Home » Breaking News, Events, Maritime » Increased global throughput, bigger ships pose challenge to port industry

International Association of Ports and Harbors secretary general Susumu Naruse

The global port industry faces many challenges such as capacity expansion, improvement of safety and security level, and logistics and environment issues, according to International Association of Ports and Harbors (IAPH) secretary general Susumu Naruse.

At the recent Subic Bay Maritime Conference and Exhibit, Naruse outlined trends in the global port industry, including the increase in global container throughput and the size of container ships, and how global operators play an important role in container operation, which accounts for more than 50% of container throughput in the world.

Naruse noted that based on the Drewry Annual Container Market Review, global container traffic will grow in future, but at a slower pace of 6-8% a year. This year it is expected to advance 7.2% to 600 million twenty-foot equivalent units (TEUs); next year by 7% to 650 million TEUs; in 2014, by 6.9% to 700 million TEUs; and in 2015, by 7.5% to 750 million TEUs.

Asian container traffic will dominate total throughput for 2012 until 2015. For this year, Asian volume will hit 345.5 million TEUs; for 2013, 375 million TEUs; 2014, 406.3 million TEUs; and 2015, 442.4 million TEUs.

The expansion in global throughput has led to more and more new generation container vessels, including Maersk Line’s “Triple-E” class vessels with a capacity of 18,000 TEUs, Naruse said.

A total of 10 Triple-E ships will go into service between 2013 and 2015 with a further option for 20 ships, he pointed out.


Growing container fleet

The trend toward bigger vessels has jacked up global capacity. As of 2010, the global container fleet had a capacity of about 13 million TEUs. This is expected to continue to expand to 18 million TEU in 2015 with delivery of more newbuildings.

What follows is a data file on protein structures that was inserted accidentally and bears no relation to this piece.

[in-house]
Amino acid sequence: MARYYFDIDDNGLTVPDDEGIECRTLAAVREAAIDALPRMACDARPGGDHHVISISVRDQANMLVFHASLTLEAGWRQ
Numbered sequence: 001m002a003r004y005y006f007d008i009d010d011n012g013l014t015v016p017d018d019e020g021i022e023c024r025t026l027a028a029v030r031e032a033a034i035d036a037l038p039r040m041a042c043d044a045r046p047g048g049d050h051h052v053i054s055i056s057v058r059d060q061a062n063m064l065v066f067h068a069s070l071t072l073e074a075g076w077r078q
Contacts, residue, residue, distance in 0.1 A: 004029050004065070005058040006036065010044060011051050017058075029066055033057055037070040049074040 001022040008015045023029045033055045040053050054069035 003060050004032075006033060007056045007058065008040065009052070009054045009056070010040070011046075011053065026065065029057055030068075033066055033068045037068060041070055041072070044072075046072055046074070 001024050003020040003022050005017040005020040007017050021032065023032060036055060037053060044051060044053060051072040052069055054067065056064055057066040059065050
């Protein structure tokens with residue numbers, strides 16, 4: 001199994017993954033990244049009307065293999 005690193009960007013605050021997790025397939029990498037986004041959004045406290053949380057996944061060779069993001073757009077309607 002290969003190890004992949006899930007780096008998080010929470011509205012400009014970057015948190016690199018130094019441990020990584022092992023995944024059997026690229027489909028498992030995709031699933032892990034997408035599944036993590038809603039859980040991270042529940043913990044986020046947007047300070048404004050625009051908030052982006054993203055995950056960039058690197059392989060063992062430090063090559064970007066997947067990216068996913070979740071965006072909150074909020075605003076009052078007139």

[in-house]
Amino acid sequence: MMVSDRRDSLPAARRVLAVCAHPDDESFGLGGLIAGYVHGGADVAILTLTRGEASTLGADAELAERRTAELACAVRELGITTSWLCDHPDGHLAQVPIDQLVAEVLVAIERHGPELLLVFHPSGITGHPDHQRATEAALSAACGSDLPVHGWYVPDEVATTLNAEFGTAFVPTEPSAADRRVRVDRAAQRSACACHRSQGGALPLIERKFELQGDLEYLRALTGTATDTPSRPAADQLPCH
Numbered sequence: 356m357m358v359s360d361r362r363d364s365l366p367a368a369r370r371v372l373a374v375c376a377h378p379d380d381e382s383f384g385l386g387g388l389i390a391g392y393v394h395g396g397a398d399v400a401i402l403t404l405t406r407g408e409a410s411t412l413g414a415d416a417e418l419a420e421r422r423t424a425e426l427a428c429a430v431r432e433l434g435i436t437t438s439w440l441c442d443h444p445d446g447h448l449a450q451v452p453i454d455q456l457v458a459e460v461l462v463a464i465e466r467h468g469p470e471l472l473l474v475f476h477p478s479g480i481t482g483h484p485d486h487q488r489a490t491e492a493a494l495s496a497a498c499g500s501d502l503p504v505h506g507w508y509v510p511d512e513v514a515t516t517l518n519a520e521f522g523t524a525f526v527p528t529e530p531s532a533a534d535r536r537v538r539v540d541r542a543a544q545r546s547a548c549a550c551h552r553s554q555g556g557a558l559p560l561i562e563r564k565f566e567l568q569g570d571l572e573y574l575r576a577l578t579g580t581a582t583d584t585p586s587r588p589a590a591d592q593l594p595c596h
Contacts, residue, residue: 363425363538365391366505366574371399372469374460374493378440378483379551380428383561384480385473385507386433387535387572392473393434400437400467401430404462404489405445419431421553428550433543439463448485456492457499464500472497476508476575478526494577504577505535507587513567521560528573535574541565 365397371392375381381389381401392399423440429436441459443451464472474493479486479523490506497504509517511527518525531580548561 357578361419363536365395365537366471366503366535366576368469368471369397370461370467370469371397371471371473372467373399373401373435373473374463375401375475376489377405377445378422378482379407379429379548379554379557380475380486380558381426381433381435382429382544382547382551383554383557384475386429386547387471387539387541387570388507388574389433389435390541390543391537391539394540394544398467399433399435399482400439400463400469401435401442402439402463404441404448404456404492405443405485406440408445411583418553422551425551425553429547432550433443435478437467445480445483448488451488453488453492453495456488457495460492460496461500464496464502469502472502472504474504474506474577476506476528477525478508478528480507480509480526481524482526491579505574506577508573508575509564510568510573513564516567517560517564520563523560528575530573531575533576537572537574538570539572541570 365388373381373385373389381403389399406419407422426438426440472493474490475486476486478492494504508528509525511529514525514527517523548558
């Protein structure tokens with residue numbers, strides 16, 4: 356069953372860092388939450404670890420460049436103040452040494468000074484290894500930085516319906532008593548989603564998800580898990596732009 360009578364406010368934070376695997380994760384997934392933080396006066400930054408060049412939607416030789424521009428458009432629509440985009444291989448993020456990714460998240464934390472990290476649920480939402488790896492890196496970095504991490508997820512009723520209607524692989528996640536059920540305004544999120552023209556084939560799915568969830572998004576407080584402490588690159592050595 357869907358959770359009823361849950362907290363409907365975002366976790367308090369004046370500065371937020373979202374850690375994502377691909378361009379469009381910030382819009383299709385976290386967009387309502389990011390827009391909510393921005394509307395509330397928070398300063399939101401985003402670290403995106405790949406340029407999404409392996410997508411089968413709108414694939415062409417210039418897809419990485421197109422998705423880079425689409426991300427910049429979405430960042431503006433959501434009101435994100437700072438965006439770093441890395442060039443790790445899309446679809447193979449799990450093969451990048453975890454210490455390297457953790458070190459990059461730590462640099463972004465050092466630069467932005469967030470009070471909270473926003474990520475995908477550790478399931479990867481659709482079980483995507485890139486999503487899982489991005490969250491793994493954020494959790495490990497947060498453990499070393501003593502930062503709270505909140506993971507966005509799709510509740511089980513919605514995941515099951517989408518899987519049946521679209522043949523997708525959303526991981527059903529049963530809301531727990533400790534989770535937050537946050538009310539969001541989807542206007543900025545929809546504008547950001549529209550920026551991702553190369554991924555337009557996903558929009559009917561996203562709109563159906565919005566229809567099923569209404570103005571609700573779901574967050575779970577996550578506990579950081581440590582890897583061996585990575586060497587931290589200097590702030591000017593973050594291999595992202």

In order to accommodate the demands of new generation container ships, Naruse said ports need to consider expanding their capacities based on long-range plans. Specifically, they need to invest in infrastructure (ie, lengthen and deepen berths), superstructures (gantry cranes) and overall operational efficiency.

He noted it is also crucial that ports “develop their own approach rather than just copying others’.”

Increasingly, port operators have taken many measures to improve operational efficiency, including the introduction of automated terminals and port community systems (PCS), Naruse said. PCS provides a single window system for port communities to securely exchange documents and information electronically with their stakeholders involved in the maritime transport and logistics chain, including trading partners and government agencies.

As a result, many ports have been transformed from “mere interface between maritime transport and land transport” into “hub of seamless logistics chain” and “logistics value-creator or value-adder”, Naruse said.

They have fashioned themselves into logistics hubs that require integrated value-added logistics services, efficient land access and advanced information technology, he added.

On top of such transformation, ports are increasingly compelled to answer the global call for more eco-friendly environments, the IAPH secretary-general said. This has compelled ports to, among others, comply with international regulations against pollutants and introduce port clean air programs.

“To reduce the amount of pollutants emitted from ports, ports are beginning to retrofit these equipment types (cargo-handling equipment operating all the time) with emissions control systems, replace older equipment with newer cleaner equipment, or use cleaner fuel technologies, such as electrification,” Naruse concluded.

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